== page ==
This has become a summer staple around here, but one which has grown in interest recently due to some modern era Cardinals demanding mention.
Only players who have completed their Louisville careers are eligible for this list, so we'll have to wait at least 12 months for the great Levitch debate to finally rage.
1) Darrell Griffith (1976-1980)
There should be no debate at the top.
Louisville's all-time leading scorer, "Dr. Dunkenstein" led the Cardinals to a 33-3 record and their first national championship in his senior year of 1980. He holds the single-season scoring record with 825 points, and remarkably is the only player in Louisville history to score more than 700 in a season. In 1980 he was the recipient of the John Wooden Award, which is given annually to the best player in the country.
Kentucky's Mr. Basketball in 1976, the Male High product had his jersey retired in a ceremony immediately following the 1980 championship. His road jersey is on permanent display at the Naismith Basketball Hall of Fame.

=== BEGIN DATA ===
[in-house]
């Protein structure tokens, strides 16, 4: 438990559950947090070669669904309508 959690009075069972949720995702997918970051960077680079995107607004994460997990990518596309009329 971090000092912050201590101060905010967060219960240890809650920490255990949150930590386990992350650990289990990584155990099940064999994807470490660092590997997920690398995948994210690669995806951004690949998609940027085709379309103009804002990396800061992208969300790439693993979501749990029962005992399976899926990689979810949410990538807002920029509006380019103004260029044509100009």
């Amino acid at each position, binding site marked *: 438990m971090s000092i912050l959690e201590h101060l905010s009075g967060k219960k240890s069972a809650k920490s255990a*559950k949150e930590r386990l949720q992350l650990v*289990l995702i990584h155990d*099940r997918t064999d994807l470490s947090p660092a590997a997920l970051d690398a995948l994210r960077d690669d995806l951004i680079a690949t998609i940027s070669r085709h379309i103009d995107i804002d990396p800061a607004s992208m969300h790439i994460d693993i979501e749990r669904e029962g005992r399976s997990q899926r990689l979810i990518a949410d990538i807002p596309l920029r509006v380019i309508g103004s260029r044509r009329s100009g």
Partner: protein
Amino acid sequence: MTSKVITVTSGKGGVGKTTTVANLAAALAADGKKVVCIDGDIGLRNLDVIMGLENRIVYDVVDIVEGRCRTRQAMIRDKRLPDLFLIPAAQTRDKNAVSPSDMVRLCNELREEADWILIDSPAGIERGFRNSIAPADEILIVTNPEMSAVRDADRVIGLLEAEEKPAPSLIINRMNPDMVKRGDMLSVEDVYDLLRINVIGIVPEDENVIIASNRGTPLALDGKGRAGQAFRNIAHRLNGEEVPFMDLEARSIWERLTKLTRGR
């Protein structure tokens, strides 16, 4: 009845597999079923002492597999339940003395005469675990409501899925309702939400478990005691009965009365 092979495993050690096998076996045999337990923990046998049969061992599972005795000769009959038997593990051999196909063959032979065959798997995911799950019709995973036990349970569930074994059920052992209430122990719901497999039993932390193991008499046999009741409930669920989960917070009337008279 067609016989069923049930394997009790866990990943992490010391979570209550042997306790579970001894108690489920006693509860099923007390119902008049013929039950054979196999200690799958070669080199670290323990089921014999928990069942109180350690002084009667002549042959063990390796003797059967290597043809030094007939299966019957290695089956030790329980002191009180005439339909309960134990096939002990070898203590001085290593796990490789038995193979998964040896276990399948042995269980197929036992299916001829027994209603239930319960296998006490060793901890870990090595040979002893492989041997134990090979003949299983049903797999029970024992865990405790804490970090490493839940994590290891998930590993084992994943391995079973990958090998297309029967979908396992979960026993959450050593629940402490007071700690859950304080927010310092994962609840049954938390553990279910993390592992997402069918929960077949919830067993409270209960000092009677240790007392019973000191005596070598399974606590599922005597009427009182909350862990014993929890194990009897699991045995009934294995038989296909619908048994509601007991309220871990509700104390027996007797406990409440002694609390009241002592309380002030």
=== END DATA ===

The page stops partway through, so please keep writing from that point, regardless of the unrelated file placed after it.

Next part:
2) Wes Unseld (1964-1968)
In 1964, Unseld began his career at UofL where he averaged 35.8 points per game and 23.6 rebounds per game in 14 games with a freshman team. He was a 3-year letter winner, scored 1,686 points in 82 games (20.6 points per game), grabbed 1,551 rebounds (18.9 rebounds per game), led the conference in rebounding in 1966, 1967 and 1968, and led Louisville to a 60-22 record with two trips to the NCAA tournament and one trip to the NIT. Unseld went on to be the first player in NBA history besides Wilt Chamberlain to win both Rookie of the Year and Most Valuable Player in the same season.
3) Pervis Ellison (1985-1989)
The only player in Cardinal history to total over 2,000 points and 1,000 rebounds, "Never Nervous Pervis" Ellison became the first UofL player to be taken number one overall in the NBA Draft when the Sacramento Kings took him with the first pick in 1989. He is Louisville's all-time leading shot blocker, having blocked at least one shot in 130 of his 136 collegiate games, and is also the school's third leading scorer. In 1986 he led the Cards to a national championship, and became the first freshman since 1944 to be named Most Outstanding Player of the Final Four.